In a 4-stroke outboard, the piston needs four movements (strokes) in order to complete a cycle – intake, compression, combustion and exhaust. Conversely, a 2-stoke only needs two movements of the piston to complete the same action.

It is for this reason that 2-strokes are smaller, lighter and less complex than 4-strokes, they simply have fewer moving parts. This is where the 2-stroke’s power advantage comes from, however they are less eco friendly because they produce higher emissions commensurate with their more simplistic nature.

A little history on the outboard boating industry.


There has been a divide between those that prefer 2-stroke outboards and those who prefer 4-stroke outboards. Traditionally, because of the simplicity and light weight, 2-stroke outboards have dominated the outboard market. It is widely understood that modern 4-stroke outboards are quieter, produce less vibration and create significantly less pollution. However, until recently, due to expense and weight, 4-stroke outboards were not widely accepted.

In 2004, the Environmental Protection Agency (EPA) put an end to the 2-strokes dominance by enacting stricter limits on pollutants, and then in 2007, making the restrictions even stricter. It became evident that it would be necessary for the 2-stroke outboards to be re-engineered to become quieter and cleaner running. In turn, in order to compete with the 2-stroke performance, 4-stroke outboards needed to lose some weight.

Although the American Motors Company made about 25 gas powered outboards before 1900, it took a Yale engineering student, Cameron Waterman, to make a commercially feasible outboard. Waterman started developing the “Porto-Motor” in 1903. By 1914, the company had sold over 25,000 units.

The best known and most successful early outboard motor was developed by a Norwegian immigrant inventor, Ole Evinrude, in 1909. By 1912, the Evinrude Outboard Company had sold thousands. Ole Evinrude sold out to his partner in 1913 with a promise not to compete for 5-years. In 1920, Ole and his wife, Bess, founded the ELTO (Evinrude Light Twin Outboard) company and introduced a light-weight 2-cylinder outboard. Eventually, due to declining markets, ELTO, Evinrude and the Lockwood Motor Company would merge to become OMC (Outboards Motor Corporation) later acquiring Johnson Motors Co. in 1935.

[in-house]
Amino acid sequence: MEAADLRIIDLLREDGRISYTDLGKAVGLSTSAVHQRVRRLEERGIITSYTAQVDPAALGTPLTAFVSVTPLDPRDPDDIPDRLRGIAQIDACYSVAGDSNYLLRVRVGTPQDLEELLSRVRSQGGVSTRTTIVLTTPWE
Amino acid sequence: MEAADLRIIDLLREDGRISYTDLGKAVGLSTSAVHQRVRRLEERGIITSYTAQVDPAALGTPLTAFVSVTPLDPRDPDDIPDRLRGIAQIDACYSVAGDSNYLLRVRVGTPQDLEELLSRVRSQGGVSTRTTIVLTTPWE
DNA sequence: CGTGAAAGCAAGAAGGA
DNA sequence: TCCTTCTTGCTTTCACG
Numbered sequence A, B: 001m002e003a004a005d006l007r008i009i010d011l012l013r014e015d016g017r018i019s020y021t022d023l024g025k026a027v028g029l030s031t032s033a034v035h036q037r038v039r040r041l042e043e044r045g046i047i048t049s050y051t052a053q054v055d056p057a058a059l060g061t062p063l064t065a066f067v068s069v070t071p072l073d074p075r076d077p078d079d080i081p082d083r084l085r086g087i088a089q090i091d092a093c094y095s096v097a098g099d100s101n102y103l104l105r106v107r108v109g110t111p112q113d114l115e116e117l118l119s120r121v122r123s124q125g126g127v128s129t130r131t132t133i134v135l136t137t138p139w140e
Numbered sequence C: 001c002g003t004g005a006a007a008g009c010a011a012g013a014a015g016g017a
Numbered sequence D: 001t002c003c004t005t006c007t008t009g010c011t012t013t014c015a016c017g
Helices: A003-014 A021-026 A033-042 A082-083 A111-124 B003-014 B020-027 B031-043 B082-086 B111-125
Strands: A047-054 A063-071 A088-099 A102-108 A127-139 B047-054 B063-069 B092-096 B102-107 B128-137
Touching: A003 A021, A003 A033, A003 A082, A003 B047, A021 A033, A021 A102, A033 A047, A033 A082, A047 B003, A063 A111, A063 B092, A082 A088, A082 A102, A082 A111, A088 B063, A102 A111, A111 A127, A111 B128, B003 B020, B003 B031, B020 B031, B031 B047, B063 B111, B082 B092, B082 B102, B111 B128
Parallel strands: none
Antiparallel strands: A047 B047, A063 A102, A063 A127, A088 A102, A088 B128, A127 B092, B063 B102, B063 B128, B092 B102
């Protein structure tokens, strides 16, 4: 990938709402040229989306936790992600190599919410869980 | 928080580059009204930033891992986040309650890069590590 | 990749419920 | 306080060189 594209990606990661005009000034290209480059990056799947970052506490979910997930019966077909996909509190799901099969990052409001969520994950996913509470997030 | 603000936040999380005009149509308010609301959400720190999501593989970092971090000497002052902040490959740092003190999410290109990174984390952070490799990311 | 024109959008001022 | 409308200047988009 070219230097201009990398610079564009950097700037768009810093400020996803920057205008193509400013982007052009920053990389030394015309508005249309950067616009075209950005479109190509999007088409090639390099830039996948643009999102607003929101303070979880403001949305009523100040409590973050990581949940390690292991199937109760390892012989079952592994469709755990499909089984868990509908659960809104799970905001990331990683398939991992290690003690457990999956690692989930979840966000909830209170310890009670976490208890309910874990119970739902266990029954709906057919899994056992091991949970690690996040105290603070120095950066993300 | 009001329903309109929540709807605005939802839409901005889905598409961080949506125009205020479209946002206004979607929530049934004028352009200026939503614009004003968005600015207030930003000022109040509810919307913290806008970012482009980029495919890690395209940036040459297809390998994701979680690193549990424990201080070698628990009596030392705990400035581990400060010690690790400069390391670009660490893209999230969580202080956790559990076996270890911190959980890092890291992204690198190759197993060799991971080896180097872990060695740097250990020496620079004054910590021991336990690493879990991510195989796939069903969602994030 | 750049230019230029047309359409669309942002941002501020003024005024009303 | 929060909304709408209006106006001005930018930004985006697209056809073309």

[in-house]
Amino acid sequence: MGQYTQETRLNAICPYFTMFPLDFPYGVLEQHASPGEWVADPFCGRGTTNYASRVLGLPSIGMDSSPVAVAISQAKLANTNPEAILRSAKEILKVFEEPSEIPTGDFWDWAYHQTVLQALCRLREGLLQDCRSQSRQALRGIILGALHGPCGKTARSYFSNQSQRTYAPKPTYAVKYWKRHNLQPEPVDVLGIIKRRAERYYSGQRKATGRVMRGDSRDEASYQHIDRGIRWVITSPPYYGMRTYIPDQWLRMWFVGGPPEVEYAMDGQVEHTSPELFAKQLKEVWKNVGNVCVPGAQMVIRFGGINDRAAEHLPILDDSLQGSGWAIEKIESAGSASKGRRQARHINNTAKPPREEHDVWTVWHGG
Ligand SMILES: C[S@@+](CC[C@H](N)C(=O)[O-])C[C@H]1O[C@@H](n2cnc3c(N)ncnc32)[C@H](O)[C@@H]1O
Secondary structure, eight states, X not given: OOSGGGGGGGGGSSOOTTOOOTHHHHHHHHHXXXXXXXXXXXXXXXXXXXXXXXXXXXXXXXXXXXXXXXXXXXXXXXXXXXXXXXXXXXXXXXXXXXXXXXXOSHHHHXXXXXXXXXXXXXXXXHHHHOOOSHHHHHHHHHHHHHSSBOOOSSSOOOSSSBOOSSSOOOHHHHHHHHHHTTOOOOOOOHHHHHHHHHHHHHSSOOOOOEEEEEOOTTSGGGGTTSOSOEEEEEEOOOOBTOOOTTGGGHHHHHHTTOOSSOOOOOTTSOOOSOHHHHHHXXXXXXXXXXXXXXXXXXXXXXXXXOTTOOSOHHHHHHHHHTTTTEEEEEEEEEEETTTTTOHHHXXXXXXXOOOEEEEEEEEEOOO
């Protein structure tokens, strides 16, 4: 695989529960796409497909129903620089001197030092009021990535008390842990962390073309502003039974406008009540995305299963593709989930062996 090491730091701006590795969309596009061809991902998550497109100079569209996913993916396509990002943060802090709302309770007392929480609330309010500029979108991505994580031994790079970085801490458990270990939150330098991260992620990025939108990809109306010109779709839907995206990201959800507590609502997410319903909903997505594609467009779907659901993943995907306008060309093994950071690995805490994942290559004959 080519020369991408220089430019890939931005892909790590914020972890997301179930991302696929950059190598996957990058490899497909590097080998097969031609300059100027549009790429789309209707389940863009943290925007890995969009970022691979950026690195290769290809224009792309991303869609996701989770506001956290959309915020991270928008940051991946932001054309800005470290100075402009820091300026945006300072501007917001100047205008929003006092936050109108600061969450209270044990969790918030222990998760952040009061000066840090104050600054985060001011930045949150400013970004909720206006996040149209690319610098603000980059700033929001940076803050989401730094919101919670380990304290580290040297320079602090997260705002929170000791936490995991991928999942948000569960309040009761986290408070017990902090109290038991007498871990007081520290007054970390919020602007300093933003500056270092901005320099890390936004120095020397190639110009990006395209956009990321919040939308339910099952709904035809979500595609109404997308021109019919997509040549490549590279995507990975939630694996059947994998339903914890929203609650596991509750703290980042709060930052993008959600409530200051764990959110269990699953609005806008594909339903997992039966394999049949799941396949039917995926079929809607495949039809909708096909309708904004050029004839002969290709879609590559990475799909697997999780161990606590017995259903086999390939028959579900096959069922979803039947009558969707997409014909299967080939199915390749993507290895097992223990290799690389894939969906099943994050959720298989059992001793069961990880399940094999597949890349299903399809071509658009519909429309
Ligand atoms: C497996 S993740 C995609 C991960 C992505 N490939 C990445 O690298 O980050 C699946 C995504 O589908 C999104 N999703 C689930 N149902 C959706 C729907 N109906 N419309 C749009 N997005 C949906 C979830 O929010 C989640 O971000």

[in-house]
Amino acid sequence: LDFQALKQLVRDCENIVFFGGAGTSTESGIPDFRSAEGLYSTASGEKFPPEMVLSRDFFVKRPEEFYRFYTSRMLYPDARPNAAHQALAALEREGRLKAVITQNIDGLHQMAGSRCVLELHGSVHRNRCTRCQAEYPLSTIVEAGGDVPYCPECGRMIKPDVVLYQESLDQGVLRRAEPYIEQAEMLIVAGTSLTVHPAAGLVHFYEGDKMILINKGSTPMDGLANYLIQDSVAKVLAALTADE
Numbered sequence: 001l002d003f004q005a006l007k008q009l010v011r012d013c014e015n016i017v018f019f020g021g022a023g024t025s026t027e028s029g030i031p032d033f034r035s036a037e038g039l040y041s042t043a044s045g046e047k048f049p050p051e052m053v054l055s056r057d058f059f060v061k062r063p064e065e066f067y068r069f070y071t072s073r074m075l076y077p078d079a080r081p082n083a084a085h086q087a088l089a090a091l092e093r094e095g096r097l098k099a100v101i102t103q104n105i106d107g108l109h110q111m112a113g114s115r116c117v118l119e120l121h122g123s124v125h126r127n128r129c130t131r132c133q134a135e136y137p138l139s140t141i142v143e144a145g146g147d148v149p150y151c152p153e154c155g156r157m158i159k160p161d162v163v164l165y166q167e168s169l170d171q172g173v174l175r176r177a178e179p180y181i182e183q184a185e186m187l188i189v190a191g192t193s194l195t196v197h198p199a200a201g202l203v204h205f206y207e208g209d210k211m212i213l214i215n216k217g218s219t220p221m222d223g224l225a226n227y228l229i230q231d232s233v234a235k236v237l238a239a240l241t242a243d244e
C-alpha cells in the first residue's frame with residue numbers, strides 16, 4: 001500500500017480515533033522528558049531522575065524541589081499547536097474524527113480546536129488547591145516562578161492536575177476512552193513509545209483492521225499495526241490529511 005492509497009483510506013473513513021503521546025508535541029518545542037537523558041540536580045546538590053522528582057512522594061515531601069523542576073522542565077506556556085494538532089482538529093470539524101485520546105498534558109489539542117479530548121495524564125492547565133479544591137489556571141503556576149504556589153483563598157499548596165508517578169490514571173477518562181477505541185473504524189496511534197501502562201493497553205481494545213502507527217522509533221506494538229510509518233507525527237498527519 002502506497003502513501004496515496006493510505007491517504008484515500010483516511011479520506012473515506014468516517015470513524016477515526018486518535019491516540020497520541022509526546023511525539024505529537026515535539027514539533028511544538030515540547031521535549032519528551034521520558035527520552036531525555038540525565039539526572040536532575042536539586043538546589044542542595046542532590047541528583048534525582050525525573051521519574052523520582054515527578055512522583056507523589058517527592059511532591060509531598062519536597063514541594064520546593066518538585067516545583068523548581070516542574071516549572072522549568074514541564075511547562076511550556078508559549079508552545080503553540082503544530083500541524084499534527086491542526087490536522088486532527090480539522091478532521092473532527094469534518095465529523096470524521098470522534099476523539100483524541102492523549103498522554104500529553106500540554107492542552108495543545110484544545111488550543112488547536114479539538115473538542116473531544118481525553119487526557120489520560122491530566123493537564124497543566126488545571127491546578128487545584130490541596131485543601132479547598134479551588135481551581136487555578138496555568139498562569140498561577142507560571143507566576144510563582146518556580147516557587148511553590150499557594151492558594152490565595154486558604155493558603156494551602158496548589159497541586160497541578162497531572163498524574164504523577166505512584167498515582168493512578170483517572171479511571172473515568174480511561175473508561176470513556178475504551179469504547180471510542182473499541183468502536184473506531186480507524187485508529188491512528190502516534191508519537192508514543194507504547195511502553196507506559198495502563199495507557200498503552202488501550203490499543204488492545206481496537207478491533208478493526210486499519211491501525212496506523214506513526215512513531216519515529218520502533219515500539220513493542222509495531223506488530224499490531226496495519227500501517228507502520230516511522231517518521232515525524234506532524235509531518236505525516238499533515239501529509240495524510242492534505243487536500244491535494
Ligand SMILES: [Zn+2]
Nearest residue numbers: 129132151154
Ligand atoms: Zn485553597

By the 1940’s, there were dozens of outboard motor companies manufacturing mainly 2-stroke outboard motors. Although there were some 4-stroke outboards being manufactured, it was not until 1962 that Homelite introduced a commercially successful 55 horsepower 4-stroke outboard motor. Dubbed the Bearcat, the company was later purchased by Fischer-Pierce, the makers of the unsinkable fiberglass and foam Boston Whaler.

Today, manufacturers like Mercury Marine have developed 4-stroke outboards that weigh and perform comparably with 2-storke outboards. And by using direct injection techniques, Mercury Marine is also making 2-stroke outboards that are as clean running, smooth and quiet as 4-stroke outboards.

Which is the best for your boat? It really comes down to how the cylinders are lubricated. 4-stroke outboards have internal oil reservoirs and sumps which need regular oil level checks, filter replacements and oil changes at least annually. 2-stroke outboards generally have an external oil tank with the oil and fuel mixture injected into the cylinder. The oil is consumed and the oil tank level must be maintained, replacing oil as it is used up.

Any way you look at it, this is one example of the EPA enacting an ordinance that clearly benefits the consumer and the environment. And now, there are new alternatives on the horizon with companies like Torqueedo and Elco making electric outboards. Today and into the future, 2-stroke, 4-stroke, electric or diesel, the choice is all yours.